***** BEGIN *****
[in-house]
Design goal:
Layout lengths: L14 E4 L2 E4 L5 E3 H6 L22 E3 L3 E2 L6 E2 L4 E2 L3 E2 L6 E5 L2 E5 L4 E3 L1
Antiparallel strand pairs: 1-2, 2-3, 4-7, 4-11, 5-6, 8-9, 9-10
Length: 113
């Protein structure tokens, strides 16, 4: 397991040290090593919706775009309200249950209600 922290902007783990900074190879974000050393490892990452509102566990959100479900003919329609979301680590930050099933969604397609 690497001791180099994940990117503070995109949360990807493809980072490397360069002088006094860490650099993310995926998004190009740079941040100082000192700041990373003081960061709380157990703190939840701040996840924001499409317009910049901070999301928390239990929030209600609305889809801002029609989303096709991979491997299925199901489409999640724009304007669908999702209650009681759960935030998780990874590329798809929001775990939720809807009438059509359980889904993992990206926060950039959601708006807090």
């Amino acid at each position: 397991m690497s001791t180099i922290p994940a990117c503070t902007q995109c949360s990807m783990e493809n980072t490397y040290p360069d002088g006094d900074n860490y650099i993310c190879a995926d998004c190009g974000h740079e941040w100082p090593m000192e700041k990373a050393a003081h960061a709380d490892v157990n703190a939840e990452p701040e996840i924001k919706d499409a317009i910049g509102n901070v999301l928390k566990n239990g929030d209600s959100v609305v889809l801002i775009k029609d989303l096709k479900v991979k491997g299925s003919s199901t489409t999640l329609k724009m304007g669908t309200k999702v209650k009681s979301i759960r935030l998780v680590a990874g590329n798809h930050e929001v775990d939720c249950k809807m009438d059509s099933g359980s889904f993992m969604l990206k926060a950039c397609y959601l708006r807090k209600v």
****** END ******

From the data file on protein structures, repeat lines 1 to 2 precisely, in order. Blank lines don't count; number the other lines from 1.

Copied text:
[in-house]
Design goal: